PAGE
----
The Celestial Sounds of the Vienna Philharmonic–in Carnegie Heaven

When the Vienna comes to town, we generally try to find a program we like and go. This time it was pure meat and potatoes—Haydn, Brahms, Brahms–and we were looking forward to it.

As we got there, Rory mentioned he didn’t see anybody, raising anxieties in me since twice before we had gone there and it was dark–once when we had the wrong date, and once when the streets were torn up because of the crane accident (they didn’t call us).

When we walked in, however, we saw where all the people were on this cold night. Quite a few were in the lobby, starting to climb up,

lobby 2so we joined them, going up

stairs 2and up,

stairs 3past the boxes in the Second Tier,

second tier boxespast the boxes in the Dress Circle

third tier boxespeering in as we trudged past,

third tier boxes frontfurther up,

stairs 4then just one more flight.stairs 5We reached our seats and looked around–it was a fine sight.

fifth ringAs always the sound was perfect even if the view was kind of distant.

Led by Andris Nelsons, who will be the new Boston Symphony Conductor, the orchestra sounded terrific.  The Vienna democratically selects its regular and guest conductors and we will always hear someone very good–this time it was “the next big thing among young conductors.” (NY Times)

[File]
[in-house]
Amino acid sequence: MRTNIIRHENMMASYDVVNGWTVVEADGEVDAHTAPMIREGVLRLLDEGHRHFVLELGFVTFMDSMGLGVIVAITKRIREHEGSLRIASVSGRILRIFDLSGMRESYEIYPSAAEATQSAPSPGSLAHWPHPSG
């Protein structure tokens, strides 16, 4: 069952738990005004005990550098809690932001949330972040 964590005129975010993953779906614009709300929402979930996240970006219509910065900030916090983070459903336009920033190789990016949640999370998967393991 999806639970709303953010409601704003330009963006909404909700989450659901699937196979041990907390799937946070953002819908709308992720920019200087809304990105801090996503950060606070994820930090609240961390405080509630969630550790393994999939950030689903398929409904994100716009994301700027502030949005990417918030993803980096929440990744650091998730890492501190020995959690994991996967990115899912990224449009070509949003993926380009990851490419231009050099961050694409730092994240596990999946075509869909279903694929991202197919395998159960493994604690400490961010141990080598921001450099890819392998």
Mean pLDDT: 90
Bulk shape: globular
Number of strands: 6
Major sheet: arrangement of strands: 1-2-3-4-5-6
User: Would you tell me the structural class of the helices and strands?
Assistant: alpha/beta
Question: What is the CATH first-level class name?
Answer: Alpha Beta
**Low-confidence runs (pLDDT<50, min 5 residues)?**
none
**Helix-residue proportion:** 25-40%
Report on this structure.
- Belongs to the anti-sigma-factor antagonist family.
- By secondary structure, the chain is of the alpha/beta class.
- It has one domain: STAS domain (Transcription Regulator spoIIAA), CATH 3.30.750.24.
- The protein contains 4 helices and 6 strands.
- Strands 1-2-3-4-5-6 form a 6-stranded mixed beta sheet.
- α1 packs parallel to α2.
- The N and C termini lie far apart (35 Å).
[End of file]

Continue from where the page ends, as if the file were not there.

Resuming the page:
Both the Brahms Variations on a Theme by Haydn (now known not to be by Haydn) and the Brahms Third Symphony were premiered by the Vienna so presumably they know what they’re doing. The Haydn 90th Symphony was transparent compared to the Brahms’ dense texture and a rarely heard pleasure. The famous strings were there in force, sounding like one.

What makes the Vienna special? “The Vienna Philharmonics have managed to guard the sound of classical instruments from the 18th century, unlike other central European or French musical schools. This sound has since been known as the Viennese Sound. Some of the instruments played by the Philharmonics are unique in their makings and are used nowhere else, such as the Viennese horn, the Viennese oboe, the Viennese bassoon, thrombone and tuba.” (Vienna Unwrapped)

And if you can’t get to the “golden hall,”

golden hall(Source:

Carnegie Hall is a great place to see them. The concert ended with Johann Strauss’ waltz “Seid Umschlungen, Millionen” (“Be Embraced, You Millions”) (NY Times), a delightful and generous encore played by the Vienna as no one else can.

As I’ve said before, these seats are not for the easily cowed but if the knees are still reasonably good, getting them is a coup that must be done well in advance.  And, of course, the less we pay per concert, the more concerts we can see. By the way, Carnegie Hall subscriptions for next year are now on sale and the Vienna comes every year.

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